Genetic and environmental factors affecting peak bone mass in premenopausal Japanese women
The purpose of this study was to examine the relationships between peak bone mass and genetic and environmental factors. We measured whole-body bone mineral density (BMD), lumbar spine BMD, and radius BMD with dual-energy X-ray absorptiometry (DXA) and analyzed eight genetic factors: vitamin D receptor (VDR)-3′, VDR-5′, estrogen receptor (ER), calcitonin receptor (CTR), parathyroid hormone (PTH), osteocalcin (OC), apolipoprotein E (ApoE), and fatty acid binding protein 2 (FABP2) allelic polymorphisms using polymerase chain reaction-restriction fragment length polymorphisms (PCR-RFLPs). We also surveyed menstrual history, food intake, and history of physical activity using questionnaires.
After adjusting for age, body mass index (BMI), current smoking status, current Ca intake, alcohol intake, menoxenia, and physical activity, the mean BMD in subjects with the HH/Hh genotype was significantly higher than that of subjects with the hh genotype for whole-body BMD (mean±SD, 1.20±0.10 vs. 1.18±0.09 g/cm2; HH/Hh vs. hh, p=0.04) and at lumbar spine BMD (mean±SD, 1.18±0.14 vs. 1.14±0.12 g/cm2; HH/Hh vs. hh, p=0.02) in OC allelic polymorphism. Furthermore, the results of multiple regression analyses taking the 8 genetic factors plus the 7 environmental factors listed above into account showed that the strongest factor contributing to BMD was BMI at any site (whole-body and lumbar BMD p<0.0001, radius BMD p=0.0029). In addition, OC polymorphism (p=0.0099), physical activity (p=0.0245), menoxenia (p=0.0384), and PTH polymorphism (p=0.0425) were independent determinants for whole-body BMD, and OC polymorphism (p=0.0137) and physical activity (p=0.0421) were independent determinants for lumbar BMD and radius BMD, respectively.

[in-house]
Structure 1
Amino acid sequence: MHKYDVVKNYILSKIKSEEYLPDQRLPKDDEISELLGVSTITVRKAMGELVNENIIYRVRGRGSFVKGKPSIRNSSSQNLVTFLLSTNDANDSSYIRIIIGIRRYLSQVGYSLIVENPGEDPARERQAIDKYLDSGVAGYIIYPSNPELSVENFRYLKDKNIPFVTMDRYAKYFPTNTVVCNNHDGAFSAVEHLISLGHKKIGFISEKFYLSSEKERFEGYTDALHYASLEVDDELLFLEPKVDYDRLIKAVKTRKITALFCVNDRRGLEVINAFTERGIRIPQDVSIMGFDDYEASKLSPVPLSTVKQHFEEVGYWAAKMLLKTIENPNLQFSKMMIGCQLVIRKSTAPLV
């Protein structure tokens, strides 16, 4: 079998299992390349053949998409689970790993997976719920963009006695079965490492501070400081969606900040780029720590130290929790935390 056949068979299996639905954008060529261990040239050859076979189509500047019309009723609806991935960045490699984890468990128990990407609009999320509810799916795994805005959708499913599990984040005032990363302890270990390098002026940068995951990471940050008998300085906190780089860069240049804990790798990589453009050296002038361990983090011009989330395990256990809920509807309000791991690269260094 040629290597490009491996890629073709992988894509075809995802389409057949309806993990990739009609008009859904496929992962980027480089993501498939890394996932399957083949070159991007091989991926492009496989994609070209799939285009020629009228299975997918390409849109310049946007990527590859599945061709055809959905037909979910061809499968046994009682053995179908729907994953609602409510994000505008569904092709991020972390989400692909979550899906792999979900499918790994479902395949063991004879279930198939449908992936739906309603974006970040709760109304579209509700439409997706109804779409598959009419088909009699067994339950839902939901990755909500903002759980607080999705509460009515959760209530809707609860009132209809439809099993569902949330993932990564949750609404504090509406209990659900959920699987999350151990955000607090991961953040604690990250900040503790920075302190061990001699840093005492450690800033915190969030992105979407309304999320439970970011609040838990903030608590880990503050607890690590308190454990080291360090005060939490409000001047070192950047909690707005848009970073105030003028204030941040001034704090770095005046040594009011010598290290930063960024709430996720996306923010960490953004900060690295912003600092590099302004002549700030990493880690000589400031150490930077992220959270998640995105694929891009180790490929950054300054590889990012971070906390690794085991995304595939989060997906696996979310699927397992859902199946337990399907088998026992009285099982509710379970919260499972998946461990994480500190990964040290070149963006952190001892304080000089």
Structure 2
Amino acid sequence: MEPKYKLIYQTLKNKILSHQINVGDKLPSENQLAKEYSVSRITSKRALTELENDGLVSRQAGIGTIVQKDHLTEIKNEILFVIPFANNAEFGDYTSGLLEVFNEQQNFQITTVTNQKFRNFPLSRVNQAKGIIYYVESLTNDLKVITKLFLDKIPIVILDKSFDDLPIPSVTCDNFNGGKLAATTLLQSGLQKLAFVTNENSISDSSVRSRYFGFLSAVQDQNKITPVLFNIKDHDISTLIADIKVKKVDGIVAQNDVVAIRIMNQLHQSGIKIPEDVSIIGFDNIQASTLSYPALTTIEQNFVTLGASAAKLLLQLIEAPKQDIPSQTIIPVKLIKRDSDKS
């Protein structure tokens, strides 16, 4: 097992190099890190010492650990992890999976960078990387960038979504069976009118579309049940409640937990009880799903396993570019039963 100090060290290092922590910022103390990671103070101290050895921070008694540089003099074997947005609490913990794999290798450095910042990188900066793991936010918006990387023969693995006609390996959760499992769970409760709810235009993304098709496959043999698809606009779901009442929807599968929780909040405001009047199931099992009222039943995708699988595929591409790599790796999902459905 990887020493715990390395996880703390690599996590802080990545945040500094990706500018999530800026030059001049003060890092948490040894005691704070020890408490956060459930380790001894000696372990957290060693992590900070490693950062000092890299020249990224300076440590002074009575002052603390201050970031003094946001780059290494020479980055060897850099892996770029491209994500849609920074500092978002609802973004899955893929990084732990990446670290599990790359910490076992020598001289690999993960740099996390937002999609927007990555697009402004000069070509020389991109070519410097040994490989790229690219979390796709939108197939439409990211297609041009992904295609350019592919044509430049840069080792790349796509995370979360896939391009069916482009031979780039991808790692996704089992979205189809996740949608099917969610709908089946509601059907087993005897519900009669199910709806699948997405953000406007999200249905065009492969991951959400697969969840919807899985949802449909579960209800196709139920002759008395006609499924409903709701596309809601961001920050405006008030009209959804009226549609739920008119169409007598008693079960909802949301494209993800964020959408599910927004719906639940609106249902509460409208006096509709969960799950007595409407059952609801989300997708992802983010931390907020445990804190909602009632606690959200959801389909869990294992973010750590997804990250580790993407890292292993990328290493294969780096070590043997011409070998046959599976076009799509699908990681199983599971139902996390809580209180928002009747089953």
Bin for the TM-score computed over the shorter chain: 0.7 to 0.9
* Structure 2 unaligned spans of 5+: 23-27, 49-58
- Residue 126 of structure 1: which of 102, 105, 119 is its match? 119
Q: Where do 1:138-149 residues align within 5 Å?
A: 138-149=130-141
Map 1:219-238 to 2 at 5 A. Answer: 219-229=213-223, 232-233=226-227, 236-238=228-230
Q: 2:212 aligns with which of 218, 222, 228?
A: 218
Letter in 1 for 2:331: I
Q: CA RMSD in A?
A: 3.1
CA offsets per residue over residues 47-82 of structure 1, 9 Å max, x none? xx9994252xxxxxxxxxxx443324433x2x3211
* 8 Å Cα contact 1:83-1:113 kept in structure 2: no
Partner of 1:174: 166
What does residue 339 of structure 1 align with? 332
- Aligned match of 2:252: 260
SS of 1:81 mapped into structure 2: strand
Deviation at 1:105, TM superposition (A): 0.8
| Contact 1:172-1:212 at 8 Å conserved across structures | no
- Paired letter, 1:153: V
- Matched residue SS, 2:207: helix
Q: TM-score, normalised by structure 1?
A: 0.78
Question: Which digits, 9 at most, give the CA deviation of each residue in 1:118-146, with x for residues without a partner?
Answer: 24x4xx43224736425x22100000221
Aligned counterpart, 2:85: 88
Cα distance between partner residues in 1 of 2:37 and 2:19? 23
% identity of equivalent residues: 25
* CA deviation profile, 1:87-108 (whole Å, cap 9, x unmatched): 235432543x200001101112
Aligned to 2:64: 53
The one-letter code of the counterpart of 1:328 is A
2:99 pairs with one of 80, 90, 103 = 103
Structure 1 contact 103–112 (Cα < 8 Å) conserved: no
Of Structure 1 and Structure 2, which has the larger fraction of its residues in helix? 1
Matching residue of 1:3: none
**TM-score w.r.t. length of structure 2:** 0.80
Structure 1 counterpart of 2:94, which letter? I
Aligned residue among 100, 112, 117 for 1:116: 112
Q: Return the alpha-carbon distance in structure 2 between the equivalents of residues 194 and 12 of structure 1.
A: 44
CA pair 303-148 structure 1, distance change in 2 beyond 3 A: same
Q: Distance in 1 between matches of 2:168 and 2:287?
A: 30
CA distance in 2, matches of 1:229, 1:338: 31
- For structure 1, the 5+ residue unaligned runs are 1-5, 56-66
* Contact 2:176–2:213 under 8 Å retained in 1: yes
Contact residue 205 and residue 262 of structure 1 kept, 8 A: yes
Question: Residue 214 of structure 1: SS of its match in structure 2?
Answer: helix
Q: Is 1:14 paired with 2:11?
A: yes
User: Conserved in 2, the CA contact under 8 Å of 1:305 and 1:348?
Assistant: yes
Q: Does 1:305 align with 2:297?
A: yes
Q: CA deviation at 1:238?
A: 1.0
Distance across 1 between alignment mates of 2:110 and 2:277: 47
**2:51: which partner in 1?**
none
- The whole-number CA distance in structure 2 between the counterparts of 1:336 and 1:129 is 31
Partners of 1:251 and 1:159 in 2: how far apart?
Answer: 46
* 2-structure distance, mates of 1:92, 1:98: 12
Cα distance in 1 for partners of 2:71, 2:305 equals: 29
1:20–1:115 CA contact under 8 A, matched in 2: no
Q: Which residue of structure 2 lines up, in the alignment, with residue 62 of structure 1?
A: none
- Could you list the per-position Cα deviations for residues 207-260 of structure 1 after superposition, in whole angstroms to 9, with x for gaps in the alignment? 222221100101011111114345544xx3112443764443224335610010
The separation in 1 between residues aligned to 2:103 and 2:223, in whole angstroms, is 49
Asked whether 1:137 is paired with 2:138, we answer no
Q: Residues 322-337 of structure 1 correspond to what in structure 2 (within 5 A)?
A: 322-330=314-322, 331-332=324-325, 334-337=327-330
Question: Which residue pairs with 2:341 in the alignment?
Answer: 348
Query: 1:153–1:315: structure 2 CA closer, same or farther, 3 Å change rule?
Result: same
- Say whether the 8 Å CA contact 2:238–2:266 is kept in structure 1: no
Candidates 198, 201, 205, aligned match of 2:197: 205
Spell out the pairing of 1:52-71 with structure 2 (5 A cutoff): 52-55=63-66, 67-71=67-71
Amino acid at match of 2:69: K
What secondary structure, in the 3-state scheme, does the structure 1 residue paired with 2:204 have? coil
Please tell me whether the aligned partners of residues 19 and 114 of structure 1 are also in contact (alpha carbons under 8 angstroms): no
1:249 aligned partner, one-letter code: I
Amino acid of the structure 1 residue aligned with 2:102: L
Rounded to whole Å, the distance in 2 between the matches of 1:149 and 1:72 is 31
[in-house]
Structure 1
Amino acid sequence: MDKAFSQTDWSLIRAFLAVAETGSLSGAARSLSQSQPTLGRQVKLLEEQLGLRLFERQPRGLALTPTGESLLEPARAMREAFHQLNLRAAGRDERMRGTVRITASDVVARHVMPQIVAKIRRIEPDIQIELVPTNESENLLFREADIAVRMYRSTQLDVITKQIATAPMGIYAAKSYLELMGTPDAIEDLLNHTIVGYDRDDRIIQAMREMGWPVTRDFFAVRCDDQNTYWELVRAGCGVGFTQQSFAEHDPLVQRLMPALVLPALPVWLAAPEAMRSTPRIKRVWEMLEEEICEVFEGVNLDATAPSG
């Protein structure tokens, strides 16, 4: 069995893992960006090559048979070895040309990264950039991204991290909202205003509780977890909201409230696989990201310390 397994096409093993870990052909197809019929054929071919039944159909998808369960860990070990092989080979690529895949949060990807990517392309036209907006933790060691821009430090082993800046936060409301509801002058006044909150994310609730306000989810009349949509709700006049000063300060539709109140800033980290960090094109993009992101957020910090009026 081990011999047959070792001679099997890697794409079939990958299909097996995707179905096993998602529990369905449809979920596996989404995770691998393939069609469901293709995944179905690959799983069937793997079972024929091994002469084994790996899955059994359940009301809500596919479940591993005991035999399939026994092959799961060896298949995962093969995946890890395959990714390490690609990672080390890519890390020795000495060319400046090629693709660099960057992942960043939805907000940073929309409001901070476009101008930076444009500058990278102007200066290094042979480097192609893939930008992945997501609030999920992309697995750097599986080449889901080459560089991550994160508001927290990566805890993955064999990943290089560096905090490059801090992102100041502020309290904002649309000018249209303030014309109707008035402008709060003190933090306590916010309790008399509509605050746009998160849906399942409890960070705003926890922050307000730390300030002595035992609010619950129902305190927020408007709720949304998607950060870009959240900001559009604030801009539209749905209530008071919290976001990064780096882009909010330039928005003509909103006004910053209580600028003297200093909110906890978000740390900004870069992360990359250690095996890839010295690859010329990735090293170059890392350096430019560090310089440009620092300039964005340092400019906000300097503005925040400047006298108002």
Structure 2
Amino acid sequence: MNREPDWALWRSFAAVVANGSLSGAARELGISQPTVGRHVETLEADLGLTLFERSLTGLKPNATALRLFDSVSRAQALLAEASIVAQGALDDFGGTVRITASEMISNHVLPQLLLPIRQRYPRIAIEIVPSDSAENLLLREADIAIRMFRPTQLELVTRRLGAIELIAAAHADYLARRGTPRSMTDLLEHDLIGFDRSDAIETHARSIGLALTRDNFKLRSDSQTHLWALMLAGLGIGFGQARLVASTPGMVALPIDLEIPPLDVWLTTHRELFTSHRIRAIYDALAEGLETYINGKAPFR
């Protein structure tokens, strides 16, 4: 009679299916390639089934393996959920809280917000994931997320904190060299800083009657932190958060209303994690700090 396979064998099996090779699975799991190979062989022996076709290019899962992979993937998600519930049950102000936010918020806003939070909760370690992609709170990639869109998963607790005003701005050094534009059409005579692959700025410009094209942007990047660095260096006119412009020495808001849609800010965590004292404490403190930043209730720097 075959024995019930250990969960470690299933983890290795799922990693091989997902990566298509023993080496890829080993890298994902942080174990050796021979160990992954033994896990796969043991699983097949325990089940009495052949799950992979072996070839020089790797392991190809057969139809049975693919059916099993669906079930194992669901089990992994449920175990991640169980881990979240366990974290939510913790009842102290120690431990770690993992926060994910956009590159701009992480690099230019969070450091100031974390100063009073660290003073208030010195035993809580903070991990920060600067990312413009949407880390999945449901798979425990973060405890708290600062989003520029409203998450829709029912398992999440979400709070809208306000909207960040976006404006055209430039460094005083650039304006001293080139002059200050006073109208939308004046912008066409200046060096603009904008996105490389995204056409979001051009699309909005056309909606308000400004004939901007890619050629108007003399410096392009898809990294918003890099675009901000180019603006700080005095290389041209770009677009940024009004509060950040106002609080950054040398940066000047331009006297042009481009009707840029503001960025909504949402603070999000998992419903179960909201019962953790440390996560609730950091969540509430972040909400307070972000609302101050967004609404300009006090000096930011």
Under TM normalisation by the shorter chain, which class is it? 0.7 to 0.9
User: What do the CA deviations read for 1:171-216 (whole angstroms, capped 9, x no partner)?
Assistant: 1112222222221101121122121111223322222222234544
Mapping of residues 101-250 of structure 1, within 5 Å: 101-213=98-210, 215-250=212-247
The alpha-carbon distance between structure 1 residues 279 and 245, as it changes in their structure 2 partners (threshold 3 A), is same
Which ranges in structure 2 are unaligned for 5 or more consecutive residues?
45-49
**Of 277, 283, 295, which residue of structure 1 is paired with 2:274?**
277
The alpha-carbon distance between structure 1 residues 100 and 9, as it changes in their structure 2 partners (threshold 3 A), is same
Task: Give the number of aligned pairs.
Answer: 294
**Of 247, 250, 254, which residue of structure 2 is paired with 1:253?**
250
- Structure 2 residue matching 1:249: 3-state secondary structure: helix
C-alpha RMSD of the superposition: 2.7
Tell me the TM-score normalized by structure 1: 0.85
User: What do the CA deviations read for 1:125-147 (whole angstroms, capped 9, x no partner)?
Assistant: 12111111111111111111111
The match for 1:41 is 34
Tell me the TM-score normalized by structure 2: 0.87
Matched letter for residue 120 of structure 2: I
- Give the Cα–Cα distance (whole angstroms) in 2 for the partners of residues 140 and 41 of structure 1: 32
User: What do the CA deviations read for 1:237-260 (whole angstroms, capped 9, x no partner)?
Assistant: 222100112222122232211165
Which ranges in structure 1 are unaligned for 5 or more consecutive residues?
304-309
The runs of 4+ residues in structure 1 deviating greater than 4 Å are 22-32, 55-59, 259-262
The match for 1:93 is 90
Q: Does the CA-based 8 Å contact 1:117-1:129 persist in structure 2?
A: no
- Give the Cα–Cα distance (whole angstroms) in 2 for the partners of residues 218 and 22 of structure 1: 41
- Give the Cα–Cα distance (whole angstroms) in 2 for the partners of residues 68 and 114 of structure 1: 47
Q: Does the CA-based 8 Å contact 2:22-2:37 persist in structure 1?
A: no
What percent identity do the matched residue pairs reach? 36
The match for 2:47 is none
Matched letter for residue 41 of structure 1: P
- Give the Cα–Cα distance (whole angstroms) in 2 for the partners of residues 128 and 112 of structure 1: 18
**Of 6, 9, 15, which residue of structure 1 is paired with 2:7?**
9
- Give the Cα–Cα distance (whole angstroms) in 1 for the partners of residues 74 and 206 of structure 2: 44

Key wordsbody mass index menoxenia osteocalcin gene peak bone mass physical activity polymorphism
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